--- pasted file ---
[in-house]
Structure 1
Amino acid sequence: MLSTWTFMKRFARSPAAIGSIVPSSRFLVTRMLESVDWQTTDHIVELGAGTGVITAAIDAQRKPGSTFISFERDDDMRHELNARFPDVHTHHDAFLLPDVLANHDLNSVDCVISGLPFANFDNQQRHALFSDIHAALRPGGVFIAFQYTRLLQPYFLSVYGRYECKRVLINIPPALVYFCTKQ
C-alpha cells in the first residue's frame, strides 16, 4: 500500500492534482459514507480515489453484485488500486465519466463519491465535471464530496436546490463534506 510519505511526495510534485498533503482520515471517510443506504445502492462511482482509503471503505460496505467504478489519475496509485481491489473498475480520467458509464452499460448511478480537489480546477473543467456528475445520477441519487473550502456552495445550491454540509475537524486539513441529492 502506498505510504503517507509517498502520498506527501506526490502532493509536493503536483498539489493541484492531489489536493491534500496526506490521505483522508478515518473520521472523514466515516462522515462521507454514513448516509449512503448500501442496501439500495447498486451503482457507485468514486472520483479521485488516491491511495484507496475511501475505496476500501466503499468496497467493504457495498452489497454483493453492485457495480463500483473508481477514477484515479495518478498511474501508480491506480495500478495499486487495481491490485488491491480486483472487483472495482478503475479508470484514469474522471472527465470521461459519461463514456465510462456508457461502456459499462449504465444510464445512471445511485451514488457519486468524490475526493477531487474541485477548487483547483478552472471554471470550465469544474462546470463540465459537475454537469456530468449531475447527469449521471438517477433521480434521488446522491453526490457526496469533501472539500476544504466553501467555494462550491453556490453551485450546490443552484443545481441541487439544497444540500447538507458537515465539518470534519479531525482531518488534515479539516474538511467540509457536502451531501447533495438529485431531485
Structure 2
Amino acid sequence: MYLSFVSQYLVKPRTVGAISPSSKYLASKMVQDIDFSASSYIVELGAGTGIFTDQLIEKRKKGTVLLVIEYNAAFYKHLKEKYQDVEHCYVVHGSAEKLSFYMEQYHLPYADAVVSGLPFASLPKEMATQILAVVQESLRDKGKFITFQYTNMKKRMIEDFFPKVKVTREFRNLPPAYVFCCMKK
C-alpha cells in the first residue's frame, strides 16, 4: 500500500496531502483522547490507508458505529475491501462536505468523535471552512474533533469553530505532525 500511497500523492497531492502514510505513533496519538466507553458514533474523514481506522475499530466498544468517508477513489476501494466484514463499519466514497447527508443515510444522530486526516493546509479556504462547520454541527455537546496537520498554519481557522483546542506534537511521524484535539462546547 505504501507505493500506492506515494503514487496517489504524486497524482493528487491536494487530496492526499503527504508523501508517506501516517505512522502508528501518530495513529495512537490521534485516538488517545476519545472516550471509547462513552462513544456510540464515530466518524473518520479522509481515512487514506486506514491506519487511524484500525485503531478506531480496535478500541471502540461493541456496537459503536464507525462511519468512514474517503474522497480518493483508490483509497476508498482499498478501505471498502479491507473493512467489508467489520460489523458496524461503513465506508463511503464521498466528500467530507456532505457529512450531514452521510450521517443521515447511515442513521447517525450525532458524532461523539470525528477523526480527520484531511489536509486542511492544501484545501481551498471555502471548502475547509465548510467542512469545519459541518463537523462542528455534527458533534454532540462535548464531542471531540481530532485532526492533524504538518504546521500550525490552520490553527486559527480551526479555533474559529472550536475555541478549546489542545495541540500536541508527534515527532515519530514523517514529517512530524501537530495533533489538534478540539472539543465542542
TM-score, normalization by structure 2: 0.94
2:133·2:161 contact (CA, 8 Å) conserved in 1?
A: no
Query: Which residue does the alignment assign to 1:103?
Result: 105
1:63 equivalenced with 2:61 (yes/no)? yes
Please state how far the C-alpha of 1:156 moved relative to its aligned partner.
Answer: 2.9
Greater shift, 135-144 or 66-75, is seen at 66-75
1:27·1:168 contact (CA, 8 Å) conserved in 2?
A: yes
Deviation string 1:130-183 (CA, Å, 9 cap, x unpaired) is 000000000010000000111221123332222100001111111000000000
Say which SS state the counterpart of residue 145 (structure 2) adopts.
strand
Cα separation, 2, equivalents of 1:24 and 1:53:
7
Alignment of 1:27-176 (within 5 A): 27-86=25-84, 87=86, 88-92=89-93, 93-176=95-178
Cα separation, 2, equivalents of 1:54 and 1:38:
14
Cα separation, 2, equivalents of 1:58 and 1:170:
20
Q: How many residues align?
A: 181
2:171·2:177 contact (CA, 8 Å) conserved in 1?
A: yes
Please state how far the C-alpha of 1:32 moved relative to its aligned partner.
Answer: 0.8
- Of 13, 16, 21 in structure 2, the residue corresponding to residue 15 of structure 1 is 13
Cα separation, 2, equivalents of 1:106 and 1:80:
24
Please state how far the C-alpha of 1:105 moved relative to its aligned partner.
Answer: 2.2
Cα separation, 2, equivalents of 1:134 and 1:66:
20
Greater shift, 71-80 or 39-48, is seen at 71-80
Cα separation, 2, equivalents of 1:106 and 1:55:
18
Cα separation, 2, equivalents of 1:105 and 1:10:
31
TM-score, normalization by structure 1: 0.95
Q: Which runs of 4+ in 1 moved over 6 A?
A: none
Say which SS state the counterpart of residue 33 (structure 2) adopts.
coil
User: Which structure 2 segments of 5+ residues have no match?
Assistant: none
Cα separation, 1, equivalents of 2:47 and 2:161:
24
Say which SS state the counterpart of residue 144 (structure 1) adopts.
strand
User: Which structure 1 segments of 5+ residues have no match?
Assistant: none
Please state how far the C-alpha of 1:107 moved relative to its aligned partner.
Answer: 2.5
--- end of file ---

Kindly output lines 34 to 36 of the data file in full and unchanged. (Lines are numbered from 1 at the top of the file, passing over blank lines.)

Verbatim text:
Answer: 0.8
- Of 13, 16, 21 in structure 2, the residue corresponding to residue 15 of structure 1 is 13
Cα separation, 2, equivalents of 1:106 and 1:80: